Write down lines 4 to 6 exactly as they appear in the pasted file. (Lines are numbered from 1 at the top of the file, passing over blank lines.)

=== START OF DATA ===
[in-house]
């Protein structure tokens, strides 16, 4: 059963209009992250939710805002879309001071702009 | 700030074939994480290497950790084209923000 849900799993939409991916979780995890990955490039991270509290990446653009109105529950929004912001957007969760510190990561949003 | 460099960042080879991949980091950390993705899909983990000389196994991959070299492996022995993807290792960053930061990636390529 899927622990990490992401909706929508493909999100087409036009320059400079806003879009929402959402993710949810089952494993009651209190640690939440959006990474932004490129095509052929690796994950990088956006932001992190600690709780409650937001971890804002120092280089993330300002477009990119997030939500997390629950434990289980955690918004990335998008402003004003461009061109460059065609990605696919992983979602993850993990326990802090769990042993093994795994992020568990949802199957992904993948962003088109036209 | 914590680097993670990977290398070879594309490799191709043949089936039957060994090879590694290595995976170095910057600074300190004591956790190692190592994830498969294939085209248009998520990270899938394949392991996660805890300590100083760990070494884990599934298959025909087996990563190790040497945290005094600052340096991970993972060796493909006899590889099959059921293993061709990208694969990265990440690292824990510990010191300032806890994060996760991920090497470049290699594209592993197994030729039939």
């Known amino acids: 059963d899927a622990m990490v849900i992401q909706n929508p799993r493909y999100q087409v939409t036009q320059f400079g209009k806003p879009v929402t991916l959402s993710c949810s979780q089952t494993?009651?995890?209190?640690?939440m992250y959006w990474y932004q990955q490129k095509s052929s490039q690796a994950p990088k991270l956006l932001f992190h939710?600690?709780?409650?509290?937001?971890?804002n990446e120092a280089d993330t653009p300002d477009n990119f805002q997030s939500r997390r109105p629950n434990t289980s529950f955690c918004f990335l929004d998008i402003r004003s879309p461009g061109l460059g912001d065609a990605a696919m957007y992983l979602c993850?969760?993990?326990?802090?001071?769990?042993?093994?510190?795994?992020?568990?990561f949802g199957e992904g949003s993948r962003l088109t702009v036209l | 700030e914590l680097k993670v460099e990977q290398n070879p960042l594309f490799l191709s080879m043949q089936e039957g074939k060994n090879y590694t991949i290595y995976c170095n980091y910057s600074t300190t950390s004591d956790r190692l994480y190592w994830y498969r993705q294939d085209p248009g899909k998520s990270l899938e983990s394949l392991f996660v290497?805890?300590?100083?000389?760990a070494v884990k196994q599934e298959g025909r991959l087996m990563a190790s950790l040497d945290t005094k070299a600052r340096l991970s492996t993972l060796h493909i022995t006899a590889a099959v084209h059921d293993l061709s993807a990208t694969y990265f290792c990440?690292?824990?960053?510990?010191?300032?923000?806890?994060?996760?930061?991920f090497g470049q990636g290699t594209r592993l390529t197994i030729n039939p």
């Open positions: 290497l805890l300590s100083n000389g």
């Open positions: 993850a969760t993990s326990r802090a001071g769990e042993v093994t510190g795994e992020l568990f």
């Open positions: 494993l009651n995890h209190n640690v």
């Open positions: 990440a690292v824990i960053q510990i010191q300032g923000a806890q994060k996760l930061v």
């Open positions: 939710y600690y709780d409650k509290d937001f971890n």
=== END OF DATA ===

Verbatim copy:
């Open positions: 290497l805890l300590s100083n000389g």
């Open positions: 993850a969760t993990s326990r802090a001071g769990e042993v093994t510190g795994e992020l568990f």
């Open positions: 494993l009651n995890h209190n640690v």